The Underwater Ballroom Society: A Review

The Underwater Ballroom Society: A Review

The-Underwater-Ballroom-Society

In The Underwater Ballroom Society, an anthology sprung what-if-ily from a Twitter discussion, Tiffany Trent and Stephanie Burgis have edited a book targeted most righteously to the naiads, nāgas, and merfolk among us. Eleven stories of splendiferous sub-lacunar spectacle await the invited… and we’re all invited! Put on your best fishing net dress, string yourself with drowned doubloons and deep-water pearls, and dive in!

I spent the last few months reading The Underwater Ballroom Society at my usual leisurely (read: snail’s) pace, often just before bed. This was a totally dreamy way to do it. Emphatically recommend! That subtle hour when the day’s grind meets hypnogogia, and you sink into a swoon of dank marble staircases and the ominous creaks of an enchanted glass ceiling under pressure…

But enough about my reading habits, let’s talk about the book! How can I neglect a single story of such a strong collection? I can’t and I won’t! So here I give you just a few… well, not spoilers, never that, but… spicers! Sea salt and ice chips and the merest hint of a hydrothermal vent!

Ysabeau S. Wilce: “The Queen of Life”

I mean, to quote DIRECTLY from the pages, this story was “a glorious time, full of glorious people.” I’ve been a slavering FOOL for Ysabeau S. Wilce’s fiction ever since discovering her in the Magazine of Fantasy and Science Fiction in my early 20’s. I’ve read all of her books — even some of her current work-in-progress (*falls over*) — and from the first sentence of “The Queen of Life,” I was all the way in. That prose! It’s like stuffing your face with ice cream and bonbons, all while quaffing the Bailey’s, and you know there’s hellfire at the bottom of the bowl, but you also know it’s worth it!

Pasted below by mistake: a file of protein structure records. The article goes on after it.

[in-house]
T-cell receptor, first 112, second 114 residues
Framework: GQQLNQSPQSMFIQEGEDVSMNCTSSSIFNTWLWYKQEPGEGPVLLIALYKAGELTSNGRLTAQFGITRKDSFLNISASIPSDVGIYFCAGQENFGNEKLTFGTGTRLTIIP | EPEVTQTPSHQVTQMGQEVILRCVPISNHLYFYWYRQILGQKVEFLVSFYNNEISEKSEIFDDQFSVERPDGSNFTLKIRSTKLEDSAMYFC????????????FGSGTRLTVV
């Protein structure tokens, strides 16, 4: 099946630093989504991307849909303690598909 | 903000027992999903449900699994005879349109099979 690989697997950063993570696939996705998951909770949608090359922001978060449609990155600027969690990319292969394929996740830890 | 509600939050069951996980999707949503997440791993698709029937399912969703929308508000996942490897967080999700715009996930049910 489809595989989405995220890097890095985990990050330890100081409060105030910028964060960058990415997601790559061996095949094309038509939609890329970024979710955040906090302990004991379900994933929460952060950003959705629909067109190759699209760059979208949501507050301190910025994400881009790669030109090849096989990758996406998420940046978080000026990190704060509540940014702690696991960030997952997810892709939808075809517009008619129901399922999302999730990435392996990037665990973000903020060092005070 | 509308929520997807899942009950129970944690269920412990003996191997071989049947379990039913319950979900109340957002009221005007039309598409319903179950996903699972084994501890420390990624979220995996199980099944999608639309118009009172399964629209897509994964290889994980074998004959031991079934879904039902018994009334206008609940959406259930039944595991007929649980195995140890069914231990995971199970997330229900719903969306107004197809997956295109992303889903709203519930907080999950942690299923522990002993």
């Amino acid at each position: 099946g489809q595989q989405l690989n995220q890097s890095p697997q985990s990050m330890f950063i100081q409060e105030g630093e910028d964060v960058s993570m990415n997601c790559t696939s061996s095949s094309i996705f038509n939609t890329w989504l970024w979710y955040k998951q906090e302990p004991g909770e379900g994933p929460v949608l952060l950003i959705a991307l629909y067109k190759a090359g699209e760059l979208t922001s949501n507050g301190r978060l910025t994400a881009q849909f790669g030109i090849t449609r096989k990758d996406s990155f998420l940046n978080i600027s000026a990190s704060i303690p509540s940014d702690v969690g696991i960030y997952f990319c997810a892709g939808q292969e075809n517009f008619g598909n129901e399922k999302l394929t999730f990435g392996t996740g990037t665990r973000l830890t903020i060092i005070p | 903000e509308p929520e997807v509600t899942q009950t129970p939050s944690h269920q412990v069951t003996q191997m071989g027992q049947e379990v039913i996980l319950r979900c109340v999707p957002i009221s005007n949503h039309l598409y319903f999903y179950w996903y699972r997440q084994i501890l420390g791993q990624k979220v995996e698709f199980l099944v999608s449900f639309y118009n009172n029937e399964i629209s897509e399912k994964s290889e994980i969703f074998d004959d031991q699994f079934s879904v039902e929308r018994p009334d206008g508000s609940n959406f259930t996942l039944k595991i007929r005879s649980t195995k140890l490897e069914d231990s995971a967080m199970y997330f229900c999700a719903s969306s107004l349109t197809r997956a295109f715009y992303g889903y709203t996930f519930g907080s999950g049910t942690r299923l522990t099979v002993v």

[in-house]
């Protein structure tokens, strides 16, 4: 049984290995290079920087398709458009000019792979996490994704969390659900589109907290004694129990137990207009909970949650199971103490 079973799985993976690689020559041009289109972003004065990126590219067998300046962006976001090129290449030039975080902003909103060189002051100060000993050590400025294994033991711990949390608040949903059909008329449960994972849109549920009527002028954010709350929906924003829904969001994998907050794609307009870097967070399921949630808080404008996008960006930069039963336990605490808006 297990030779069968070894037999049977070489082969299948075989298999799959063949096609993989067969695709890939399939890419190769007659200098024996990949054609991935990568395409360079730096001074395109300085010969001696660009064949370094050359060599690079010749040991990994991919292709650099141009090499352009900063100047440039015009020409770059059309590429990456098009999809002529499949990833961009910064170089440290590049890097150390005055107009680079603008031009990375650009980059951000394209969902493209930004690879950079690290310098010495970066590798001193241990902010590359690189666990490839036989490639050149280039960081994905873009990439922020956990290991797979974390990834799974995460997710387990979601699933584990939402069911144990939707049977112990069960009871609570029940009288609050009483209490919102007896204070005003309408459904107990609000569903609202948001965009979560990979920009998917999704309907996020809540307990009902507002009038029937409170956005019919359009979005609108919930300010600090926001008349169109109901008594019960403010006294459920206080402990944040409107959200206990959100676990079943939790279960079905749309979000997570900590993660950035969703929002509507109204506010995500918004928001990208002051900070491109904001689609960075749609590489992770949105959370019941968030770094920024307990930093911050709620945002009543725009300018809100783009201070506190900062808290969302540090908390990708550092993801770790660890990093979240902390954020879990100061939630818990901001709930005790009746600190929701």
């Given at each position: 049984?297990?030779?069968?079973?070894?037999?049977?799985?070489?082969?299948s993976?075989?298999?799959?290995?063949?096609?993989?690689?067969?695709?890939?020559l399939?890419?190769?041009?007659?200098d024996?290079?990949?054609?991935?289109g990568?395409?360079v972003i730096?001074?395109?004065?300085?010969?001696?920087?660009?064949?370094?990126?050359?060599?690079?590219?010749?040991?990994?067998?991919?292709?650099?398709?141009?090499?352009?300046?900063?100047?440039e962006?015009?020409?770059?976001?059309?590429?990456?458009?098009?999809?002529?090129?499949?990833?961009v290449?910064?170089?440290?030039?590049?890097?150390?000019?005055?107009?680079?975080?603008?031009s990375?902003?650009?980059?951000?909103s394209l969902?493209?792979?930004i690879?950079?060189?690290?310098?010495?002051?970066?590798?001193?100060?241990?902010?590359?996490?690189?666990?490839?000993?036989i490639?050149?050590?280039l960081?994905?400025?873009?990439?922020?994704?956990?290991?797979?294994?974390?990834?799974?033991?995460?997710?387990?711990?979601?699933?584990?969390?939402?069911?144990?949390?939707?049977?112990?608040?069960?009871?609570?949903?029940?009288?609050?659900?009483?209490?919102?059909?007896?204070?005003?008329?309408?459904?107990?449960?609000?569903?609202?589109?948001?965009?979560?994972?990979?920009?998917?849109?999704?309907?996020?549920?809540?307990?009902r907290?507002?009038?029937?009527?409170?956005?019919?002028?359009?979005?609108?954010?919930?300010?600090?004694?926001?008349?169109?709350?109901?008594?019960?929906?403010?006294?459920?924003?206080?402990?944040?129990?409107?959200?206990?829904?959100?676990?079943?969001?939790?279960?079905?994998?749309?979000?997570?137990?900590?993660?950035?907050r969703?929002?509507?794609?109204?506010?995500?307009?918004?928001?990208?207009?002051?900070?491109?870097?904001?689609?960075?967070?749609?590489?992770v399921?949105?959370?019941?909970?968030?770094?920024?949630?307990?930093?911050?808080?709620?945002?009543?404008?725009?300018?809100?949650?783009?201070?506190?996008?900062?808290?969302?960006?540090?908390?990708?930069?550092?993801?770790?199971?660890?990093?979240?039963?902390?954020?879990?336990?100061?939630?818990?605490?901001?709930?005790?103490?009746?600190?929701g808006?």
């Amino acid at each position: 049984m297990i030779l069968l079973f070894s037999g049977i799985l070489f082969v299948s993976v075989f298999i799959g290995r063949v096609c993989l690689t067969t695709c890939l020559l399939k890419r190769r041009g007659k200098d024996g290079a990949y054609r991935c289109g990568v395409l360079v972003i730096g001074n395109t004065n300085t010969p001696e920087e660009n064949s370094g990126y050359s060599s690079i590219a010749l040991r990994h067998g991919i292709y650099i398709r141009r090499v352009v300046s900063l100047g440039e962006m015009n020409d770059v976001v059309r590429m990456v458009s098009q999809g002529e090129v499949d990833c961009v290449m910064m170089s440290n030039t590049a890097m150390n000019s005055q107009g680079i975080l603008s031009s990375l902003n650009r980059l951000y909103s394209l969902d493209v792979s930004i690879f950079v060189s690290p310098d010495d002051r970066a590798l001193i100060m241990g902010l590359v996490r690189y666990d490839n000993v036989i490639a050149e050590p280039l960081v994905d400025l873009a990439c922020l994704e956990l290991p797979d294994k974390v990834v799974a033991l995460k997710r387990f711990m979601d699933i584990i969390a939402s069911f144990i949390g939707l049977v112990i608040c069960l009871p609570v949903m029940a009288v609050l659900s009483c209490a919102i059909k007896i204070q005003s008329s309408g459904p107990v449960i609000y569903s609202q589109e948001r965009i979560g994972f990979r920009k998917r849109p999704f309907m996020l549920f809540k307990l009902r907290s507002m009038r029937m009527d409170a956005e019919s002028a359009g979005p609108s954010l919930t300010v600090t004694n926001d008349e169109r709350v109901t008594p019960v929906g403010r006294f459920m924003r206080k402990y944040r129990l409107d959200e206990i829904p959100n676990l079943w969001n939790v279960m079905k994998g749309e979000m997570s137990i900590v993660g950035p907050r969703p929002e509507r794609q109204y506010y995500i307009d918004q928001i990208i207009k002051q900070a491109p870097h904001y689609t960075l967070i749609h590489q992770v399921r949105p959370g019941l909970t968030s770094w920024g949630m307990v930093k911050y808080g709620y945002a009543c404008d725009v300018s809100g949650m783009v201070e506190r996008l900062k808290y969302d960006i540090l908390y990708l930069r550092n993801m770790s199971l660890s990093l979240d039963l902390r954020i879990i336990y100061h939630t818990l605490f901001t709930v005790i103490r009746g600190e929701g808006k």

What a tremendous cathedral bell CLANG of an opening for this anthology! A crossroads story. A rock and roll story. A story about a magnificent old woman (there aren’t enough tales featuring old woman heroes! More please!), and a story about Death. For it is a Faery story too, and everyone knows that Faery shares marchlands with Death’s domain. Beginning to end it called to me, “Come away, O human child!” And I away went.

Y. S. Lee: “Twelve Sisters”

I was just a short way into this when I had a pleasurable chill. “Why, Cooney,” I thought to myself, “this is two for two!” And by that, I meant, “TWO STORIES IN A ROW FILLED WITH STRONG WOMEN DOING AWESOME THINGS!”

I was always a sucker for Grimm’s “Twelve Dancing Princesses” fairy tale — and I am always up for a subversive retelling. Lee’s focus was on the sisters, who are survivors. Not in the sense of having survived trauma, but in the sense of surviving ongoing trauma. The arc of the story bends toward liberty; I couldn’t have been rooting harder for these women! Oh, but I’m thirsty for good sister stories. Every time I read a story that features sisters being good to each other, helping each other, facing formidable circumstances together in one united SISTER FRONT, then, no matter the outcome, I consider it a victory. I get all, I don’t know, GIDDY! I am super, super, super stoked to read EVERYTHING ELSE by Y. S. Lee. Like, beside myself. And the author’s note at the end (each story has one: LOVE THAT!) had me nodding fiercely.

Iona Datt Sharma: “Penhallow Amid Passing Things”

What I wanted–what I really, really wanted — was for this short story to be a part of a larger body of work. A novel, maybe. A whole series. AN EPIC! I kept thinking, “Surely these characters exist elsewhere!” They felt so FULL, so endowed with history and intent. I mean, listen:

“An austere figure, Trevelyan; a precise speaker; a born horsewoman; no home or hearth fire that anyone knows of. ‘Saltwater for blood’…”

And she’s not even PENHALLOW! Oh, PENHALLOW!!! That darling scofflaw! This is yet another — three for three! — story full of incredible female characters with whom I want to eat all kinds of seafood while cozily chatting about incantatory things! Surely, I thought, Sharma’s characters must make appearances elsewhere? Don’t they have people to evade, to seduce, to placate, magic to conjure, adventures to be getting on with!?